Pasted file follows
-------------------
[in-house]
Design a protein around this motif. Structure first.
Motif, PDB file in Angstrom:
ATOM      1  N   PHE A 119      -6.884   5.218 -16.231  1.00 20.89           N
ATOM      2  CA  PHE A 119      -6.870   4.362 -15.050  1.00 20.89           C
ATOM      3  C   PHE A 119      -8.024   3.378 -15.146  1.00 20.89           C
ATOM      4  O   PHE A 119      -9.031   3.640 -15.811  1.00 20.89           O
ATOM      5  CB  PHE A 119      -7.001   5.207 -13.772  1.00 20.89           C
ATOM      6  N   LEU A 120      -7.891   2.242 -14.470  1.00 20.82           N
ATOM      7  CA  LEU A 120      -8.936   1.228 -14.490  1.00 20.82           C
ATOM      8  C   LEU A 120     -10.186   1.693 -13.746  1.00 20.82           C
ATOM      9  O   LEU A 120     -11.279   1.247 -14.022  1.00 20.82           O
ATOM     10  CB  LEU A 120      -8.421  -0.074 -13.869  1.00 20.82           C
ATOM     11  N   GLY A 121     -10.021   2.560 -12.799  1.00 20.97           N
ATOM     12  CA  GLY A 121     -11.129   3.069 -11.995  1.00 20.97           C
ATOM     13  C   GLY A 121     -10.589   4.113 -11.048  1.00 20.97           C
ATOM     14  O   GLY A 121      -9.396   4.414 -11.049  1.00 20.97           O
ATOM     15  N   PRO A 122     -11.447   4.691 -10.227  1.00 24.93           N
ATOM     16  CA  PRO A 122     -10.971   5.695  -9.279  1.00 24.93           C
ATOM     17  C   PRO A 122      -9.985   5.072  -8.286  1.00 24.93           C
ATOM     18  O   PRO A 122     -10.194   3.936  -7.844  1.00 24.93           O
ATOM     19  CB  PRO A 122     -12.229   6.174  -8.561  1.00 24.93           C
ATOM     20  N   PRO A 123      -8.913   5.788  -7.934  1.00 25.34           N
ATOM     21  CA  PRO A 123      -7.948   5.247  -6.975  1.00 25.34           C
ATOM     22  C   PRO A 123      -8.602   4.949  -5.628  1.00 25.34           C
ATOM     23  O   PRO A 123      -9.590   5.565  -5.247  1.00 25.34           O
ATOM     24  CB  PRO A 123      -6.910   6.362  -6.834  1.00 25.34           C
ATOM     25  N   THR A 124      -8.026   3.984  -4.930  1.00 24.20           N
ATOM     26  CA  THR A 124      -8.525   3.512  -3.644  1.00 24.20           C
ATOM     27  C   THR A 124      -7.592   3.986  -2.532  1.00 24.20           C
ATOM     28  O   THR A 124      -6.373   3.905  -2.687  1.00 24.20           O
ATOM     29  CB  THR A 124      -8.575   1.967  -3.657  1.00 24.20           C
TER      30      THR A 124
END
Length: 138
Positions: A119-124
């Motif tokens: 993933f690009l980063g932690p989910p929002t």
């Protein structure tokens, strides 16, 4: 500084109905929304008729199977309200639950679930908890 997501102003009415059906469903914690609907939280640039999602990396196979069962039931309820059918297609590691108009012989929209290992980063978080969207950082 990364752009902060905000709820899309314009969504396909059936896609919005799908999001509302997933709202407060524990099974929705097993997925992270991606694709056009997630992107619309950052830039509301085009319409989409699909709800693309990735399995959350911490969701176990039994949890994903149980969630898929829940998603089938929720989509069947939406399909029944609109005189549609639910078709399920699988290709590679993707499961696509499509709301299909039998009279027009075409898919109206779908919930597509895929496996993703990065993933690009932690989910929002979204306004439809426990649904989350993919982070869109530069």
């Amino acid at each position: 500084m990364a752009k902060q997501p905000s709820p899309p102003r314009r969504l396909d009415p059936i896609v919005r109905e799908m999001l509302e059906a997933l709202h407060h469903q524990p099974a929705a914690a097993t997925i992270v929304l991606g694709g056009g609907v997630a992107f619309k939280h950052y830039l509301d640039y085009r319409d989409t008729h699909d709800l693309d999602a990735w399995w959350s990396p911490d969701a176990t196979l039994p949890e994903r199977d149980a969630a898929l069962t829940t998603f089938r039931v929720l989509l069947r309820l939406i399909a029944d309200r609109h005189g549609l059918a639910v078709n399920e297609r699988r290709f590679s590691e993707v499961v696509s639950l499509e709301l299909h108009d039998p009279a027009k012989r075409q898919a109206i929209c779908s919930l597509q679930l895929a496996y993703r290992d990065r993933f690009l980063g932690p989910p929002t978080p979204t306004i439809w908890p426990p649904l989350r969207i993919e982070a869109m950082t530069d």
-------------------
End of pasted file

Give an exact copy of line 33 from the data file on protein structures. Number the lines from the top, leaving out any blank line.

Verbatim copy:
TER      30      THR A 124